She expressed people will be voting against the way the tax was implemented rather then the tax itself. She suggested producing honest information on what the tax means and how it works.

CLARK PART TWO
The economy was brought up next. Clark suggested decisions which affect communities need to be made in those communities. The people who make the decisions which affect local economies should be living in the communities so they could see the implications of their decisions for themselves. In addition, the amount of time it takes major projects to progress suggesting a board to track the projects progression and report back to the government.

Clark stated rural BC was the breadbasket of the Province and if rural BC is not working, the rest of the Province is not working. People were recommending having a referendum on the carbon tax and she said this would be a dangerous precedent because the Lower Mainland would set the tax policy in British Columbia.

She expressed her plans included the expansion of port facilities so the region could ship resources from BC to Asia stating Pat Bell had done a good job of opening markets in Asia. “25% of our annual allowable cut now goes to Asia, largely being driven by China. We need to open up markets for Beef, for Natural Gas, you name it. We need to be over there opening up those foreign markets because that’s what will drive our economy forward in the future and that’s going to be a really big priority for me should I become the premier.”

Roberts said the region was NDP and he is bothered by not getting anywhere with the MLA. He wondered if there will be a Liberal representative in the region so he does not feel like he is being stonewalled. He said he’s been accessing the government through Roger Harris. He added another problem is the Liberal party does not listen to the NDP. He offered to fly the Liberal Flag from the flagpole of his community out of anger of the NDP.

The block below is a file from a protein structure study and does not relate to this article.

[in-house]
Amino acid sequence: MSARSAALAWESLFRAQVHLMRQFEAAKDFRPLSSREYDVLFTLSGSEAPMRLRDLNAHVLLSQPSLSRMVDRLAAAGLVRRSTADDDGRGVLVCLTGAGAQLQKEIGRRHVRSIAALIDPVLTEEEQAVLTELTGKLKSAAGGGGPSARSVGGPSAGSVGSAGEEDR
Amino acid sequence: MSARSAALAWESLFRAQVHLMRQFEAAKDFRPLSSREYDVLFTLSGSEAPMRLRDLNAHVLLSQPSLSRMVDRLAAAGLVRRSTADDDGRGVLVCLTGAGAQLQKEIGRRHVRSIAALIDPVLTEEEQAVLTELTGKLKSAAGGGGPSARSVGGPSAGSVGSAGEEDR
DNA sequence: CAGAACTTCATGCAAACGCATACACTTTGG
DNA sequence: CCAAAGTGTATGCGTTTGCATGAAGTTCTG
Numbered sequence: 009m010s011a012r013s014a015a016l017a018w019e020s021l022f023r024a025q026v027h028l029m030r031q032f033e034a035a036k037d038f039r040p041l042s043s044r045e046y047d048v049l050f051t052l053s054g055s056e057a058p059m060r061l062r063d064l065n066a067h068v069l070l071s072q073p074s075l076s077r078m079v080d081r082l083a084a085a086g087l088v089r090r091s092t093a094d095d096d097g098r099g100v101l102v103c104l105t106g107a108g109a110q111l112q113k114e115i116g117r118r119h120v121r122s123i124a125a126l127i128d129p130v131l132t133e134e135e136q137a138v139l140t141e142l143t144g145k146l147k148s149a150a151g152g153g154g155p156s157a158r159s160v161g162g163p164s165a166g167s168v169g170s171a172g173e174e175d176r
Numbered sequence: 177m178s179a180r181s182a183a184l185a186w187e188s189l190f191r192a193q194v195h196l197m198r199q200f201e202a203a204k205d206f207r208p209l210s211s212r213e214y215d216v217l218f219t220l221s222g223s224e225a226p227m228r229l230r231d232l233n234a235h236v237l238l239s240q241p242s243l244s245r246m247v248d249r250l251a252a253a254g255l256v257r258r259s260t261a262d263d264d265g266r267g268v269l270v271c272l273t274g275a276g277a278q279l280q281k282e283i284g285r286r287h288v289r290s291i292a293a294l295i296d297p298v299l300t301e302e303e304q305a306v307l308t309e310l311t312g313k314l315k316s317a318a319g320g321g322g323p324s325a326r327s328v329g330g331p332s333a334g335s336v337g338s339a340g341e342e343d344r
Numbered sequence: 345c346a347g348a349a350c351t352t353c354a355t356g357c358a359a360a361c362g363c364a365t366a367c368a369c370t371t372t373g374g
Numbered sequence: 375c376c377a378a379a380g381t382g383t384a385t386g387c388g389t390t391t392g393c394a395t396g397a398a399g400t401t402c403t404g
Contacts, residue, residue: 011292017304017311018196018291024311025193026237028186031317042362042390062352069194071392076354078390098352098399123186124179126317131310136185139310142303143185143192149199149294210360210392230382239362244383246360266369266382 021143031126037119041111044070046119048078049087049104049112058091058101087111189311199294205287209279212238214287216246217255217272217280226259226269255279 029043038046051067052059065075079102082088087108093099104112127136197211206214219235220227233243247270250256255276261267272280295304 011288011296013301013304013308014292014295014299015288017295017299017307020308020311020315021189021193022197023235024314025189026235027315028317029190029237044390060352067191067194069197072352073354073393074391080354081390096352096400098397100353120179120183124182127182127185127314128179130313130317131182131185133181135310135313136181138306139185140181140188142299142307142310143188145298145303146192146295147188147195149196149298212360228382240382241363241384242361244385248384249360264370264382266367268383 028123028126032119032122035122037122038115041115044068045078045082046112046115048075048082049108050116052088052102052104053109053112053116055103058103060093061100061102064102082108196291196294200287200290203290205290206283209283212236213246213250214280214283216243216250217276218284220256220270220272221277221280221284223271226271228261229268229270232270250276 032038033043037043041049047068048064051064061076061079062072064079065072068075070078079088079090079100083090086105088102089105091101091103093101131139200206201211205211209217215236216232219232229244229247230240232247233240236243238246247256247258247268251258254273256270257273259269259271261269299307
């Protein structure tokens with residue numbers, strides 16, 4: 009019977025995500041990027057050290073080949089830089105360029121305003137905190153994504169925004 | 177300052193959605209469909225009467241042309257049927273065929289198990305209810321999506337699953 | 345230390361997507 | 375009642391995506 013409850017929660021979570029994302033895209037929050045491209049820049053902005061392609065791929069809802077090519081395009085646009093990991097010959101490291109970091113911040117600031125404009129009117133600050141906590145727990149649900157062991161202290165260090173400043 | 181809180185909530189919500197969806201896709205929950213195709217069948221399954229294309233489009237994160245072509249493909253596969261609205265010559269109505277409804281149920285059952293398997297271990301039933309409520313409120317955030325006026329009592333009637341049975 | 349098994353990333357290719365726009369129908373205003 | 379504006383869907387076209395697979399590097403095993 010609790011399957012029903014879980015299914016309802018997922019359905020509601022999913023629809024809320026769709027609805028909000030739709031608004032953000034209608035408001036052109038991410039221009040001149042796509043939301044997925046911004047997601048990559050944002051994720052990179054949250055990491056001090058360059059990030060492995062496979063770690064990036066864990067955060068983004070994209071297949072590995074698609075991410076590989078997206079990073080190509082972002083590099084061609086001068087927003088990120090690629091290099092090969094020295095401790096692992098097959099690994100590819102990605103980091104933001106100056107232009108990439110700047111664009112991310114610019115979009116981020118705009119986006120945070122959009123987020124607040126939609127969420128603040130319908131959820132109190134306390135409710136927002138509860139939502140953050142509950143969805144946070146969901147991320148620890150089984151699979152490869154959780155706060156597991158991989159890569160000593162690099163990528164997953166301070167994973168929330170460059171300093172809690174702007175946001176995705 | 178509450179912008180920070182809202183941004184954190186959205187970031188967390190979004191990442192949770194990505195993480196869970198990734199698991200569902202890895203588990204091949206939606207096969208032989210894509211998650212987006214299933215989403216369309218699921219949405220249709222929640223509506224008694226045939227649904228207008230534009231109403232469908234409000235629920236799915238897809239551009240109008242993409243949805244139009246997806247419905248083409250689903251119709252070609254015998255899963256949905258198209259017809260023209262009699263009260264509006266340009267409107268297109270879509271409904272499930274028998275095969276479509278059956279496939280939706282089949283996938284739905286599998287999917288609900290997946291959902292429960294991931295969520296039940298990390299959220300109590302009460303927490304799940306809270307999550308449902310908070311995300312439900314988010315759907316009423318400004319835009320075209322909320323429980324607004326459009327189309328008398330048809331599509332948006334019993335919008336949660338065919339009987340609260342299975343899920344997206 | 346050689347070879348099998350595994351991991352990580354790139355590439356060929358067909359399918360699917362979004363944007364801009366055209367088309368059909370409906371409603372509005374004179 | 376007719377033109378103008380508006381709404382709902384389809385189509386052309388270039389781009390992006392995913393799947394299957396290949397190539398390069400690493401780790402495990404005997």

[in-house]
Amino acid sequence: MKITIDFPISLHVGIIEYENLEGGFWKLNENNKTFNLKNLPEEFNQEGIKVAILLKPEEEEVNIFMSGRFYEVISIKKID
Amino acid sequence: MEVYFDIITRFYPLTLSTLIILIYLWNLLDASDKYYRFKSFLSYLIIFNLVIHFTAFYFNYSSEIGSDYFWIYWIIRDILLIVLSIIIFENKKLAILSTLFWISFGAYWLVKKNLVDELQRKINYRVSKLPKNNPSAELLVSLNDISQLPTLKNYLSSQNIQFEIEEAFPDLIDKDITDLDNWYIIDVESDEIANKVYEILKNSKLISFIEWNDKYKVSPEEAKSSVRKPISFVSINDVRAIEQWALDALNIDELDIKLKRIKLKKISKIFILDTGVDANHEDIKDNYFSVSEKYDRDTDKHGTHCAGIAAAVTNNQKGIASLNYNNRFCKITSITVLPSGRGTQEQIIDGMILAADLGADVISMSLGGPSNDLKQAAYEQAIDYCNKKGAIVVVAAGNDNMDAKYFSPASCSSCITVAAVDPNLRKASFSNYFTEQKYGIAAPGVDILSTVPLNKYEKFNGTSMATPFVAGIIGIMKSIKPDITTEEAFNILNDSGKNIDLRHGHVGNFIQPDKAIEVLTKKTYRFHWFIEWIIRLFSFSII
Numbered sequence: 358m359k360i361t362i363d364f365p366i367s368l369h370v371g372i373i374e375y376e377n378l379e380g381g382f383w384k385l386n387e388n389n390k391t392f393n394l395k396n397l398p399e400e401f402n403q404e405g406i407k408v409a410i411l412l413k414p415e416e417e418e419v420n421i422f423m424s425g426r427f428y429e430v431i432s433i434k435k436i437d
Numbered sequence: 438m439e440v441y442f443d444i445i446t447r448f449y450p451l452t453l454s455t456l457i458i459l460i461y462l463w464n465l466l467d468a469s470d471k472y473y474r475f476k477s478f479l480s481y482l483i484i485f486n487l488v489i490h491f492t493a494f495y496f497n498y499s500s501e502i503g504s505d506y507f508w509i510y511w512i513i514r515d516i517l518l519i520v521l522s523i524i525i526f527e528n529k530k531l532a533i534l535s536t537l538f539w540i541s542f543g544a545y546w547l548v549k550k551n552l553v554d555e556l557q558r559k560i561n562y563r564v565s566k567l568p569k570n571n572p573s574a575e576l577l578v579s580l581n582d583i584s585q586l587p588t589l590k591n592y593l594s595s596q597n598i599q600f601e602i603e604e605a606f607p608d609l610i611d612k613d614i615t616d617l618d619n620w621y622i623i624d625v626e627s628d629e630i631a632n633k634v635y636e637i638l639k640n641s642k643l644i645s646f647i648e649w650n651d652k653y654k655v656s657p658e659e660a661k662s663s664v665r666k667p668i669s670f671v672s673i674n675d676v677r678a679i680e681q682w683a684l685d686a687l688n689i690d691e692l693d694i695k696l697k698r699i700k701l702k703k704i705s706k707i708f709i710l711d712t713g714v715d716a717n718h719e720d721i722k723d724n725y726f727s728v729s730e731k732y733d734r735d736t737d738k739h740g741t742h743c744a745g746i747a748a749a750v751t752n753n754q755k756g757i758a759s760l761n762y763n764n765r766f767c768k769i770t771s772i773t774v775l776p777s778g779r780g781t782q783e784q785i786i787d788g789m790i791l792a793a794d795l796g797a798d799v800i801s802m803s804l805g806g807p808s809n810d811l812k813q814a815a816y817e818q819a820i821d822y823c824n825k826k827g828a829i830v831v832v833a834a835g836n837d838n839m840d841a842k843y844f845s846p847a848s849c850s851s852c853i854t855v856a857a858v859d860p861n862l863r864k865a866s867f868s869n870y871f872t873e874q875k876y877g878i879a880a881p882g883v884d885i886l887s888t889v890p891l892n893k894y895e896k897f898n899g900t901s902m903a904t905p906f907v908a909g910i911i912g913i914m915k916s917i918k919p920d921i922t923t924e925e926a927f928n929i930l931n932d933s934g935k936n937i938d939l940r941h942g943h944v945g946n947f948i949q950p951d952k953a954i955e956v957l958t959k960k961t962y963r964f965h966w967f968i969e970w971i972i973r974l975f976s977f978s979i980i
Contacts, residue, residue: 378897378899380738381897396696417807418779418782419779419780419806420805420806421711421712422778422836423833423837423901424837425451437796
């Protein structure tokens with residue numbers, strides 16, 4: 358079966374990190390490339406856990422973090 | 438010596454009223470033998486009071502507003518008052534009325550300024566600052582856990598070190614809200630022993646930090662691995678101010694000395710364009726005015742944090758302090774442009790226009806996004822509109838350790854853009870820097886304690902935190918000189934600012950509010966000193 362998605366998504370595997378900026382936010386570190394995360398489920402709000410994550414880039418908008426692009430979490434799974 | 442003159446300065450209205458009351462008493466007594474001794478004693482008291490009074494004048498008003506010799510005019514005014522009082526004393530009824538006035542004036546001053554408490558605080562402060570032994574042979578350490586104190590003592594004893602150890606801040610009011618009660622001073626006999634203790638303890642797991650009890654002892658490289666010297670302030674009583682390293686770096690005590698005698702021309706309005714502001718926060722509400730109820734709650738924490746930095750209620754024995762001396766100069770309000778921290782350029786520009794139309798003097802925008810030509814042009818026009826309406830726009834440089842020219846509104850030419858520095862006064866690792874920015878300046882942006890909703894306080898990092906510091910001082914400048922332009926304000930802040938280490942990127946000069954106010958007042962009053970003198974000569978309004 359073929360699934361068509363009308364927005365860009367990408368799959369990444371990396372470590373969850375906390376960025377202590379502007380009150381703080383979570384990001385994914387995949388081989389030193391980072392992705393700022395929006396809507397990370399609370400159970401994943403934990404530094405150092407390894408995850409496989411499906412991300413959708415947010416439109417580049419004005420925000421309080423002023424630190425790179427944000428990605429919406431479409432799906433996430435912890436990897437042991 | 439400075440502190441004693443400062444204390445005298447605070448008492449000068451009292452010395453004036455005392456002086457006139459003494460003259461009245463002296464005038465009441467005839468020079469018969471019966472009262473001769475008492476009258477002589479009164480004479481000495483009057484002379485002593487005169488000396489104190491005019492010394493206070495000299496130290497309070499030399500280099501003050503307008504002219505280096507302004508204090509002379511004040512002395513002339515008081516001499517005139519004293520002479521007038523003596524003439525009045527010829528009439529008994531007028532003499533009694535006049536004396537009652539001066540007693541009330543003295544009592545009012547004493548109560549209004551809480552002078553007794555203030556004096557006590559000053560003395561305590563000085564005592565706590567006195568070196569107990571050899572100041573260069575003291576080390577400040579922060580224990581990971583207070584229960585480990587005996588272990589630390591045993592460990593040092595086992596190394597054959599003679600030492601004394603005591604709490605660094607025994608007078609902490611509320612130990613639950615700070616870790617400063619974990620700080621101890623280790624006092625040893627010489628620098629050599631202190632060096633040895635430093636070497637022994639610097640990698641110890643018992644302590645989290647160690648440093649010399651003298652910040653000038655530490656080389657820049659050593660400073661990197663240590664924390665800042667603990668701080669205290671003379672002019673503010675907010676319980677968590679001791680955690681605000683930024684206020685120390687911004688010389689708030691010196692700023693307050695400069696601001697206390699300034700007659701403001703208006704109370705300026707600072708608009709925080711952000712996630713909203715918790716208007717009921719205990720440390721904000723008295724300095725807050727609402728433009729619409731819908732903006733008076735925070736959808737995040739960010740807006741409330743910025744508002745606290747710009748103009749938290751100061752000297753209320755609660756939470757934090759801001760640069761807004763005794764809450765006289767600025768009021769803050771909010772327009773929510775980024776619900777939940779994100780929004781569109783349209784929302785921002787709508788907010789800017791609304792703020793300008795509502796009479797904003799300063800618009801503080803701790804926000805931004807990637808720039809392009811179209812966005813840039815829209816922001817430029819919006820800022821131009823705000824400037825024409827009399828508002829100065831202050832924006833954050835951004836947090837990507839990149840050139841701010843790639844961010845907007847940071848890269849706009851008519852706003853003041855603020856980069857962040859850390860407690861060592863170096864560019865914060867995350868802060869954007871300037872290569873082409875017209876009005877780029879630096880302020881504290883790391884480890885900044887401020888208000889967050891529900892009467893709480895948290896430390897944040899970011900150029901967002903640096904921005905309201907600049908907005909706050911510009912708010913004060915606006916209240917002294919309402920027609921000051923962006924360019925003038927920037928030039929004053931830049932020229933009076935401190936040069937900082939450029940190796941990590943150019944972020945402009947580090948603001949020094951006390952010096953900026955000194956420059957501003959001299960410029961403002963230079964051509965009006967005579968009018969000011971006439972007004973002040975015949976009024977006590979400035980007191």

“I do think that we should recognize that all MLA’s need to play a roll in the legislature. Sometimes, the opposition party doesn’t make that very easy either, it’s not just the government, you have to have two to tangle and the new Democrat leaders have to allow their members to speak freely too. That’s always a part of the challenge that we have. I do think the government should be open to listening to concerns from other parties MLA’s. I do think that we have a responsibility as government to make sure that we are hearing from regions directly where we don’t have an MLA in our own party to speak for them,” said Clark.

She said she wanted people to be able to meet with their premier, cabinet ministers doing accountability sessions and listen to people and engage them. She said there were a lot of complicated issues.

“My view? Is that after the next provincial election, you will not be represented by a New Democrat, so I am going to are make sure there is a BC Liberal MLA from this community to represent this community in Victoria which is going to make my job a whole heck of a lot easier and means you will have someone to go to who can speak directly to the government about what’s going on in this community and who can deliver back to you just like Roger Harris did when he was there and Bill Belfey did when he was there,” said Clark.

“I’m going to do everything I possibly can, humanly possible to make sure that I help you elect a BC Liberal MLA up here because if the whole North goes NDP, you’re not going to be just unheard, British Columbia is going to have an NDP government meaning you’re not going to have an MLA to go speak to, you’re not going to have a government that cares either,” promised Clark.